Feline Panleukopenia is caused by the Feline Panleukopenia Virus (FPLV) which is also referred to as feline infectious enteritis or feline distemper. The virus causes a decrease in the number of white blood cells in the body. White blood cells are essential for immunity and fighting infections and diseases, making infected cats extremely vulnerable to other infections.
This virus can only be killed by very strong disinfectants such as 2% bleach and can survive in some environments for over a year.
A cat can become infected with Feline Panleukopenia Virus (FPLV) by direct contact with other infected cats, or the virus can transferred via contaminated water, feed bowls, or on shoes and clothing.
Cats with Feline Panleukopenia often experience depression or listlessness which may progress to collapse. Other clinical signs may include:
- • Vomiting
- • Dehydration
- • Diarrhea (which may contain blood)
- • Dull, rough coat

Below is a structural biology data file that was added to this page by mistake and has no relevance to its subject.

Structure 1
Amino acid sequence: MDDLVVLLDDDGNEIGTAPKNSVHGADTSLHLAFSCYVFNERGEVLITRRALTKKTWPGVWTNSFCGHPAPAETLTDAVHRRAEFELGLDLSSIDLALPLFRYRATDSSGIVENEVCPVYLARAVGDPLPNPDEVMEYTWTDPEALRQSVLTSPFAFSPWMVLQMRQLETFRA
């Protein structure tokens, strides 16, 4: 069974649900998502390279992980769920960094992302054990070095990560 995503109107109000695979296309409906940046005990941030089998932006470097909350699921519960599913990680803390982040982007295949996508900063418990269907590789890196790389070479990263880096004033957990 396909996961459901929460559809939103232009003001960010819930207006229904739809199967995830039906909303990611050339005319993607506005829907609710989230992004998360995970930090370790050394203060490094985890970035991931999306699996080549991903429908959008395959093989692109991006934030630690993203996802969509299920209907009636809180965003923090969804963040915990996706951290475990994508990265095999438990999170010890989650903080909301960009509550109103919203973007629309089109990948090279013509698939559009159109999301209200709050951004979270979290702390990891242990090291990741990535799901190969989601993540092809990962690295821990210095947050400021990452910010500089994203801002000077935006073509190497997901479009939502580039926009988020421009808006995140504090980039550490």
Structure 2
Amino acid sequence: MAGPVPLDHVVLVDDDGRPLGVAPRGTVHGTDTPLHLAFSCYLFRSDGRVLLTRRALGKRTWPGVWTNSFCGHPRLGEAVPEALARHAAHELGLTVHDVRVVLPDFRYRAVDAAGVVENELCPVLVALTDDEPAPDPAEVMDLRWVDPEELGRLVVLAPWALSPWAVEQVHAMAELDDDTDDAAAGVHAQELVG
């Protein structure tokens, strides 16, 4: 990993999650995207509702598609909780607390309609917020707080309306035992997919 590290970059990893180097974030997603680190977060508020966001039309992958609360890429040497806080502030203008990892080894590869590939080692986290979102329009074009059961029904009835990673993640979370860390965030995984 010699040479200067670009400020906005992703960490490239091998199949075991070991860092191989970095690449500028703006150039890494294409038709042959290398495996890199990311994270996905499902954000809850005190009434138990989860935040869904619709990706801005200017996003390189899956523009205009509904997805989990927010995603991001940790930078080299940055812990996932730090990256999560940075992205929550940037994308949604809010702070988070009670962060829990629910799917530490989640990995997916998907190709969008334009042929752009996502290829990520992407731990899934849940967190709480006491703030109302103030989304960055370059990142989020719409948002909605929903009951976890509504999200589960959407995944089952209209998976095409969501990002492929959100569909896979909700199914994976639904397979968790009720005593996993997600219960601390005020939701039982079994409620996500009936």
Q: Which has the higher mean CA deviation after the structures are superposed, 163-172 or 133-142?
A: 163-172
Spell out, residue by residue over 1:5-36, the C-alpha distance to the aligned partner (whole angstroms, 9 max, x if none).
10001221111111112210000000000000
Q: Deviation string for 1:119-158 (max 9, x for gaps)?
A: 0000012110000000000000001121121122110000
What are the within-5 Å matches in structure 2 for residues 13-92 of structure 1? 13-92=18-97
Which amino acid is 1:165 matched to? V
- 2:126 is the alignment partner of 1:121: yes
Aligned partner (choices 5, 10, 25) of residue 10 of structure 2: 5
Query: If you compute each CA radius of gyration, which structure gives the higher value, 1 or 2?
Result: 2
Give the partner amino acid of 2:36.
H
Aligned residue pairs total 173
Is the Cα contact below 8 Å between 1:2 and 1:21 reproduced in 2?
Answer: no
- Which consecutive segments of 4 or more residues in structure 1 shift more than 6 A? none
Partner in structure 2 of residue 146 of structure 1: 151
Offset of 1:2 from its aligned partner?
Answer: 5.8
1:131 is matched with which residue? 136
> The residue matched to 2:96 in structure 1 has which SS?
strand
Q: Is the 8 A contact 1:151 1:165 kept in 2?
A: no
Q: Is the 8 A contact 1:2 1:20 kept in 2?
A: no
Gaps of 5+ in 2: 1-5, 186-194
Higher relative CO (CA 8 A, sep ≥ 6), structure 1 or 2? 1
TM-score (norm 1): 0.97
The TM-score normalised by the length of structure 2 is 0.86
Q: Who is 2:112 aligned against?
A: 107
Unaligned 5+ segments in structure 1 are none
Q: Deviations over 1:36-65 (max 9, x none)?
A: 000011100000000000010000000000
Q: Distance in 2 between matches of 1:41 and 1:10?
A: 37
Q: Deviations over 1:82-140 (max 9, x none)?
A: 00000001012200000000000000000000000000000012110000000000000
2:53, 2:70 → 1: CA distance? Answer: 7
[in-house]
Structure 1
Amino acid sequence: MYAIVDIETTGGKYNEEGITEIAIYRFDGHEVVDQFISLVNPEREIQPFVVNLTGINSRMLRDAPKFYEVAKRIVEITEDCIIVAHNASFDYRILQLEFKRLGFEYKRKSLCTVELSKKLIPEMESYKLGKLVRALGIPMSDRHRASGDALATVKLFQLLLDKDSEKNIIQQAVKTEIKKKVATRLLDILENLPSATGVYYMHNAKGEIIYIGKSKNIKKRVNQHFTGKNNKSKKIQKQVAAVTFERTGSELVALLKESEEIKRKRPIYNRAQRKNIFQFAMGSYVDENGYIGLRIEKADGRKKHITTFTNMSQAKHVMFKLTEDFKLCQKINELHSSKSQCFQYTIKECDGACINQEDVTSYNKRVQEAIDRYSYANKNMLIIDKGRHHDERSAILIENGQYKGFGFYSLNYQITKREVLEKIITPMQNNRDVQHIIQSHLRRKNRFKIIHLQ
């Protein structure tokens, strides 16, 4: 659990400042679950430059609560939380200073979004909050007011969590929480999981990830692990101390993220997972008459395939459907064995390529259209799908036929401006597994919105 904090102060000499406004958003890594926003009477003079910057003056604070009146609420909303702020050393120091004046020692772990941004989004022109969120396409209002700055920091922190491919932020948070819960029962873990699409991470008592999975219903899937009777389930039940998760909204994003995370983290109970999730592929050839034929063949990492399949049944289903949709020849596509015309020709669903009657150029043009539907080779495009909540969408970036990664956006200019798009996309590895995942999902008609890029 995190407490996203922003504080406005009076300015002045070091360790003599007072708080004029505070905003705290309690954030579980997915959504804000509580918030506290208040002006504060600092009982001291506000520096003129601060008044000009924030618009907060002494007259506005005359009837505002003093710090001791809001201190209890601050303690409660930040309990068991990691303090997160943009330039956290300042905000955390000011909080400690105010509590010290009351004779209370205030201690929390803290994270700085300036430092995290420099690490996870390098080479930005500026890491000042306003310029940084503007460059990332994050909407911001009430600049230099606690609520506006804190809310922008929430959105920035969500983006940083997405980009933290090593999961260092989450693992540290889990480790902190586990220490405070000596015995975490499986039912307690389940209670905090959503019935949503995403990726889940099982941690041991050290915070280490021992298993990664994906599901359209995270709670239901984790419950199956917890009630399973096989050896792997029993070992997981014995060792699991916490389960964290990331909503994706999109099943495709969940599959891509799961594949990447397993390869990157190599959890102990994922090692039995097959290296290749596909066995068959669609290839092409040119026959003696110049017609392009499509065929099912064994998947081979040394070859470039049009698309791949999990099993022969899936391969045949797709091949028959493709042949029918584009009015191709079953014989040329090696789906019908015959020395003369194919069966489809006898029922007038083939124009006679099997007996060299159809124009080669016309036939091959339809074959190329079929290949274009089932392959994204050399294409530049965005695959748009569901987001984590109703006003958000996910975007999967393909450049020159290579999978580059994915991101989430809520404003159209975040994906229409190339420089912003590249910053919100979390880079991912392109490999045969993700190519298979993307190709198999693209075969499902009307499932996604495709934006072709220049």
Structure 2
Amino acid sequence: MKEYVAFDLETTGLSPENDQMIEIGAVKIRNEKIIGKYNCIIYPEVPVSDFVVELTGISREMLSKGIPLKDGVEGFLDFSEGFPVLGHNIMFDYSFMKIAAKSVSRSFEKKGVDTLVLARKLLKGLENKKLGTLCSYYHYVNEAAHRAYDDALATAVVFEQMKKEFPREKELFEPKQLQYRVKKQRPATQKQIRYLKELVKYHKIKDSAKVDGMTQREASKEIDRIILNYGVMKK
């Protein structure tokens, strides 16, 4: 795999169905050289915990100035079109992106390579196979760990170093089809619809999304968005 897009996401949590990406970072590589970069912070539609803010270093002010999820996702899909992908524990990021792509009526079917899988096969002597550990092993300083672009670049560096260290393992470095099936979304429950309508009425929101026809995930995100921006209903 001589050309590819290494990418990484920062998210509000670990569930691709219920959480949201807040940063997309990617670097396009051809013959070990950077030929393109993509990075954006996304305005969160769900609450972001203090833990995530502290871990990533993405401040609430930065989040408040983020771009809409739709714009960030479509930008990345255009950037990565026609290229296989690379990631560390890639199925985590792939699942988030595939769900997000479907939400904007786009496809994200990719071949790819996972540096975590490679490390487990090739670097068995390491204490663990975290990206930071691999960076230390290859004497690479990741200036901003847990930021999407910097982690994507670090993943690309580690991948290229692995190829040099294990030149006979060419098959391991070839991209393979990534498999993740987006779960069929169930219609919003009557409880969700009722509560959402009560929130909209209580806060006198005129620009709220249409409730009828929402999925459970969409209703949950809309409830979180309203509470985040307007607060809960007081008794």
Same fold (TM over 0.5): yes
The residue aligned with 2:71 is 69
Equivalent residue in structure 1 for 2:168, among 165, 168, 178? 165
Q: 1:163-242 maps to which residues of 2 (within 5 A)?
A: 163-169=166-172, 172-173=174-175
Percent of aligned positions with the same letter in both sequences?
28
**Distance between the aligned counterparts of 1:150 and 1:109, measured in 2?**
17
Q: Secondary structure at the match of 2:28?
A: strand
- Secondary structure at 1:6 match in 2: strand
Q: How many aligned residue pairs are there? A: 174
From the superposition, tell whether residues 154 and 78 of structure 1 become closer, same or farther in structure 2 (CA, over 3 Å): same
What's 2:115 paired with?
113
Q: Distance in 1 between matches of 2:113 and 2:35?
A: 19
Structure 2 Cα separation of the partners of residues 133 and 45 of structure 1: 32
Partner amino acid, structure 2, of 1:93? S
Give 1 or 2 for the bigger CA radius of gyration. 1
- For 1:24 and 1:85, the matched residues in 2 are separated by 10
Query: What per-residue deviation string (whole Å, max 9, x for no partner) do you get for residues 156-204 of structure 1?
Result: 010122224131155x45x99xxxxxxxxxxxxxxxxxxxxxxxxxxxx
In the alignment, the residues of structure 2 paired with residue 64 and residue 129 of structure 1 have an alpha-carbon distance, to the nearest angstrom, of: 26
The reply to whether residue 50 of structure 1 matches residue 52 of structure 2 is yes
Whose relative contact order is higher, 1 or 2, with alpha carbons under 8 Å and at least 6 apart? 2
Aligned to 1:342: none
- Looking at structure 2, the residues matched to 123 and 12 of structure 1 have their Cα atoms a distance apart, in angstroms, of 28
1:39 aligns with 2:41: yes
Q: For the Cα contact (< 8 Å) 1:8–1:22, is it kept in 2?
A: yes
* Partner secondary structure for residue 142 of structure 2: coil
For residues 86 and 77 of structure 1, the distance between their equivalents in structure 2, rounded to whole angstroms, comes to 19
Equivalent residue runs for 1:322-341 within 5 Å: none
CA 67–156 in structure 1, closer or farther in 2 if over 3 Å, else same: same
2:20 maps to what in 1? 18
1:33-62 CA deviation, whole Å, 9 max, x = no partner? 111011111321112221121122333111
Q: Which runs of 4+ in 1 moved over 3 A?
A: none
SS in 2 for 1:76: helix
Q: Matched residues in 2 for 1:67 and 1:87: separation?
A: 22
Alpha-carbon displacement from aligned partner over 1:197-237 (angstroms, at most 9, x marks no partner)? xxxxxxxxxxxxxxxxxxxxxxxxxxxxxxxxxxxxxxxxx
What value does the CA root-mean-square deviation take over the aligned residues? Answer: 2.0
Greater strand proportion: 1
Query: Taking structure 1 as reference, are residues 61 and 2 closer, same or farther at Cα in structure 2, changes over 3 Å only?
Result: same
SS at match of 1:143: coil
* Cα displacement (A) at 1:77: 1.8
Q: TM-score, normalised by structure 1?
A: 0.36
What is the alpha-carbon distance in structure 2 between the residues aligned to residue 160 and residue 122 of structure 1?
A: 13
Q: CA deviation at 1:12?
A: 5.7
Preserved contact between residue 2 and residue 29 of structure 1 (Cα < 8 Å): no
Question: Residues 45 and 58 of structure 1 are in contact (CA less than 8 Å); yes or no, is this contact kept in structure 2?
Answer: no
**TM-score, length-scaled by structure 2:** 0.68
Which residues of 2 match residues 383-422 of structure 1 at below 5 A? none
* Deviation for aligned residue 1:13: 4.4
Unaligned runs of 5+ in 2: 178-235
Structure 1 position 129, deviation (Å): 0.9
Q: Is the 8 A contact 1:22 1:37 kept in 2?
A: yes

- • Loose skin due to dehydration
- • Purulent discharge from eyes and nose
- • Recurrent infections
- • Shock
Can Feline Panleukopenia be treated?
Unfortunately there is no specific treatment for Feline Panleukopenia, however, antibiotics are helpful in controlling secondary infections that are common due to the lack of white blood cells and reduced immunity. The most life threatening side effects of FPL are dehydration and shock, both of which can be treated with intravenous fluid therapy and intensive nursing care. Prognosis for a full recovery is good, if the cat receives fast care and support.
Protection against Feline Panleukopenia
Effective vaccines are readily available to protect cats against Feline Panleukopenia as part of the core feline vaccination program. The immunity provided is strong but will decreases with time, therefore, booster vaccinations every year are strongly recommended.